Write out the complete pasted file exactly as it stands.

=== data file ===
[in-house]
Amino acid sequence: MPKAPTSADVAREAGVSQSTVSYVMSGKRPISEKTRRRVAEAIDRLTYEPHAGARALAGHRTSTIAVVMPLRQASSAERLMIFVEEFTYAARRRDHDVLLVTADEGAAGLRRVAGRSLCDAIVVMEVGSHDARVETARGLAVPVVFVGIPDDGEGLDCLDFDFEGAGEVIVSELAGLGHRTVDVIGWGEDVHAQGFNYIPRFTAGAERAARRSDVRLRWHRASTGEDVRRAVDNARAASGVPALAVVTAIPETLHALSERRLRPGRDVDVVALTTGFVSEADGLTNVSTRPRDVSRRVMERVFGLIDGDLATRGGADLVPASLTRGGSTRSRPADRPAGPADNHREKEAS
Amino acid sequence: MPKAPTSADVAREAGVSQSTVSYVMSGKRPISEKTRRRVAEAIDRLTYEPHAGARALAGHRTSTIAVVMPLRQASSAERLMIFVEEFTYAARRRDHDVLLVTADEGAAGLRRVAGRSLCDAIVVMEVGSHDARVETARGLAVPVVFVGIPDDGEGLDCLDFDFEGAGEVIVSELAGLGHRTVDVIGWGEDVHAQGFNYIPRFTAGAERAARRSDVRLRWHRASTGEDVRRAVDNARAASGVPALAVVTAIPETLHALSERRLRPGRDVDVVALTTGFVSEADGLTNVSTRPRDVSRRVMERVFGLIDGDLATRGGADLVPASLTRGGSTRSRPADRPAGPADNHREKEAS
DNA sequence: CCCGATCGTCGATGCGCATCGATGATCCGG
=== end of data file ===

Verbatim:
[in-house]
Amino acid sequence: MPKAPTSADVAREAGVSQSTVSYVMSGKRPISEKTRRRVAEAIDRLTYEPHAGARALAGHRTSTIAVVMPLRQASSAERLMIFVEEFTYAARRRDHDVLLVTADEGAAGLRRVAGRSLCDAIVVMEVGSHDARVETARGLAVPVVFVGIPDDGEGLDCLDFDFEGAGEVIVSELAGLGHRTVDVIGWGEDVHAQGFNYIPRFTAGAERAARRSDVRLRWHRASTGEDVRRAVDNARAASGVPALAVVTAIPETLHALSERRLRPGRDVDVVALTTGFVSEADGLTNVSTRPRDVSRRVMERVFGLIDGDLATRGGADLVPASLTRGGSTRSRPADRPAGPADNHREKEAS
Amino acid sequence: MPKAPTSADVAREAGVSQSTVSYVMSGKRPISEKTRRRVAEAIDRLTYEPHAGARALAGHRTSTIAVVMPLRQASSAERLMIFVEEFTYAARRRDHDVLLVTADEGAAGLRRVAGRSLCDAIVVMEVGSHDARVETARGLAVPVVFVGIPDDGEGLDCLDFDFEGAGEVIVSELAGLGHRTVDVIGWGEDVHAQGFNYIPRFTAGAERAARRSDVRLRWHRASTGEDVRRAVDNARAASGVPALAVVTAIPETLHALSERRLRPGRDVDVVALTTGFVSEADGLTNVSTRPRDVSRRVMERVFGLIDGDLATRGGADLVPASLTRGGSTRSRPADRPAGPADNHREKEAS
DNA sequence: CCCGATCGTCGATGCGCATCGATGATCCGG